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Born A Crime Book Club Questions For Discussion

This Born A Crime Book Club Questions and Discussion Guide will help you understand the book. It will also help you with some of the most important themes in the book, including race, identity, and what it means to be “other.”

Born a Crime is a deeply personal memoir. It’s an insightful commentary and literary tour de force by Trevor Noah. The book provides an intimate look into the comedian’s family’s past in South Africa. Later he moved abroad to pursue his dream – taking over for Jon Stewart on The Daily Show.

The story of his childhood is told through vivid memories. At the same time, the snapshots and family albums are an irresistible treasure for fans. If you’re looking for a thoughtful read, then look no further than this Trevor Noah’s memoir. It’s a great read that’s mostly funny but sometimes tragic. A wonderful story that would be a perfect choice for a book club.

About the Author

Trevor Noah is a South African comedian, TV host, actor, and writer. He has hosted The Daily Show on Comedy Central since 2015. Before, Noah was one of the stars of the South African reality show Tonight with Trevor Noah. Then he joined Jon Stewart as an on-air contributor during his run as host of The Daily Show in late 2014. In 2017, he also won three NAACP Image Awards.

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Born a Crime by Trevor Noah – Book synopsis

Born a Crime is the memoir of Trevor Noah, the host of The Daily Show. In this New York Times bestseller, he tells his truth.

He describes the story of his childhood in South Africa under apartheid. From growing up on the streets of Johannesburg to depicting life in one of the world’s comics. Noah opens up about his upbringing and the struggles he faced as a mixed-race child in South Africa. He was born to a black mother and a white father, which was a crime at the time.

He candidly discusses race, family, and what it means to be born a crime. Despite the odds against him, Noah became one of the most successful comedians in the world. His memoir is both funny and eye-opening. And it provides readers with a unique perspective on apartheid South Africa.

List of discussion ideas and Born a Crime book club questions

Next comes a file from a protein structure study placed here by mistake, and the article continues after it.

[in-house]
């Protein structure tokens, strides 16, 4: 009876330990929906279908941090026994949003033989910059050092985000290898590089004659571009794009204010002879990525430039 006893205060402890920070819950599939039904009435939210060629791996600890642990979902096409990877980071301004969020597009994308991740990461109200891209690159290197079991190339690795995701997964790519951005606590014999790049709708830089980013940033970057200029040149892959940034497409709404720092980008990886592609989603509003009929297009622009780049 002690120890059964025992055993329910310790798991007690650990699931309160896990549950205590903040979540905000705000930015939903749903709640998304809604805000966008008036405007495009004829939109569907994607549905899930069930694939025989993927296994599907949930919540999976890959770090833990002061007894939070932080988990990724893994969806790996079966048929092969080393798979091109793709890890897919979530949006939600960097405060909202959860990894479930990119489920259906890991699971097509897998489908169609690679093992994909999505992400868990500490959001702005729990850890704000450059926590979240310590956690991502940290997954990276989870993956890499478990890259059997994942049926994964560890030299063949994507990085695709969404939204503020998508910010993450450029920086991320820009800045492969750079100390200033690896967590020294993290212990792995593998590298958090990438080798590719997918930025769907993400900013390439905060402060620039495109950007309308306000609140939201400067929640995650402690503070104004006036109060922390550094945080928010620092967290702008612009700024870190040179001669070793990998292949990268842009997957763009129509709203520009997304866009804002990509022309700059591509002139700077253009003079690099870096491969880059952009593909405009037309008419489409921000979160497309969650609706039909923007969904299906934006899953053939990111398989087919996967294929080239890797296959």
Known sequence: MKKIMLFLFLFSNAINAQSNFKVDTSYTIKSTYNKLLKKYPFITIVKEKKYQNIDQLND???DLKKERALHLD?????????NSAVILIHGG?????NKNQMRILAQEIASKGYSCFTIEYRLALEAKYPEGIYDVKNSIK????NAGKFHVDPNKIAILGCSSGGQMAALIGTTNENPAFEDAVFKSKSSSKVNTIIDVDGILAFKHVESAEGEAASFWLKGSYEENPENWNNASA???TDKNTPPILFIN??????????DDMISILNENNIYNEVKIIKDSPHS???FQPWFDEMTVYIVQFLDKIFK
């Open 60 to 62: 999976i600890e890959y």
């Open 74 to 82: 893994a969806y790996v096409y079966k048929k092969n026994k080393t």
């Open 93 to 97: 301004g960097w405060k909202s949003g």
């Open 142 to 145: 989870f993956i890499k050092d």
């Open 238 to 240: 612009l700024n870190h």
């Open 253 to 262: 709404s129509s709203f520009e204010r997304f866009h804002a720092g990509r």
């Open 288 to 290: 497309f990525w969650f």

Born A Crime Book Club Questions For Discussion
Born A Crime Book Club Questions

Here are some suggested questions for book clubs to discuss Born a Crime:

1. What made Trevor Noah decide to write this book? Did someone inspire him to write about his life?

2. How many of you already knew Trevor Noah? How do you see him now after reading this book?

3. Before reading this book, were you excited that you were going to read Noah’s memoirs? Did it live up to your expectations?

4. How did you feel while reading the book?

5. What themes did you notice in the book?

6. What were your thoughts on the characters?

7. What did you think of Noah’s writing style? How would you describe it?

8. Did the book make you think about race, class, and gender in a different way?

9. What were your thoughts on Apartheid and its impact on South Africa? Did you have any prior knowledge of Apartheid? If yes, do you learn something new after reading this book?

10. What did you think of Trevor Noah’s experience growing up as a mixed race in South Africa?

11. Do you think there are parallels between what Noah experienced and what is happening in America today? If so, what are they?

12. The people in Noah’s neighborhood certainly knew that there lives a light-skinned boy. Why didn’t anyone report the matter?

13. As we know Noah was born of mixed race and lived in South Africa with a black mother. How do you think the people there viewed it? And what were his feelings at that time? And now that he lives here in America, what will be his feelings here as a person of mixed race?

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14. The themes of this book are based on racism, poverty, crime, and domestic abuse, yet it is a very funny book. Discuss how Noah maintained such a sense of humor in spite of these harsh circumstances.